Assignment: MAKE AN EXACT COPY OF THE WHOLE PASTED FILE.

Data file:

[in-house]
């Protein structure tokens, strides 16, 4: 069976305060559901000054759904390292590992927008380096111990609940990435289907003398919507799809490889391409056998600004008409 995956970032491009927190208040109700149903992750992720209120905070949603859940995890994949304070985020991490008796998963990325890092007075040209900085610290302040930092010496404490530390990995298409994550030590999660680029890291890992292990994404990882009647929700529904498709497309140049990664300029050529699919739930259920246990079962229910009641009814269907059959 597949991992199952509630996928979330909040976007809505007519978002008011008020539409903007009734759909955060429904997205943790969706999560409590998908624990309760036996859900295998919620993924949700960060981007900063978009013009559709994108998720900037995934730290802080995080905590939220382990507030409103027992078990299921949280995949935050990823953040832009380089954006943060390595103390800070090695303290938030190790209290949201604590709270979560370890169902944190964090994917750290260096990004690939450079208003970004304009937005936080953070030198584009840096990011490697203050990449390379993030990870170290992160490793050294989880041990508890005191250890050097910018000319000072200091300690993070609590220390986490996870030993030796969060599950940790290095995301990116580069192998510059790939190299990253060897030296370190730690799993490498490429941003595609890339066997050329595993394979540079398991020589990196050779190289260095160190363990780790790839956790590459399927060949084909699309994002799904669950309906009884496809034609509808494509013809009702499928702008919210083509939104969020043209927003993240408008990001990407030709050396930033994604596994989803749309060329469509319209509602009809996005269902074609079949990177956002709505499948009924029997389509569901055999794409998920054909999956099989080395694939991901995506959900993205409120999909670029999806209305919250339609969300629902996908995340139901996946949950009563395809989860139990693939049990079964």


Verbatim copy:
[in-house]
């Protein structure tokens, strides 16, 4: 069976305060559901000054759904390292590992927008380096111990609940990435289907003398919507799809490889391409056998600004008409 995956970032491009927190208040109700149903992750992720209120905070949603859940995890994949304070985020991490008796998963990325890092007075040209900085610290302040930092010496404490530390990995298409994550030590999660680029890291890992292990994404990882009647929700529904498709497309140049990664300029050529699919739930259920246990079962229910009641009814269907059959 597949991992199952509630996928979330909040976007809505007519978002008011008020539409903007009734759909955060429904997205943790969706999560409590998908624990309760036996859900295998919620993924949700960060981007900063978009013009559709994108998720900037995934730290802080995080905590939220382990507030409103027992078990299921949280995949935050990823953040832009380089954006943060390595103390800070090695303290938030190790209290949201604590709270979560370890169902944190964090994917750290260096990004690939450079208003970004304009937005936080953070030198584009840096990011490697203050990449390379993030990870170290992160490793050294989880041990508890005191250890050097910018000319000072200091300690993070609590220390986490996870030993030796969060599950940790290095995301990116580069192998510059790939190299990253060897030296370190730690799993490498490429941003595609890339066997050329595993394979540079398991020589990196050779190289260095160190363990780790790839956790590459399927060949084909699309994002799904669950309906009884496809034609509808494509013809009702499928702008919210083509939104969020043209927003993240408008990001990407030709050396930033994604596994989803749309060329469509319209509602009809996005269902074609079949990177956002709505499948009924029997389509569901055999794409998920054909999956099989080395694939991901995506959900993205409120999909670029999806209305919250339609969300629902996908995340139901996946949950009563395809989860139990693939049990079964």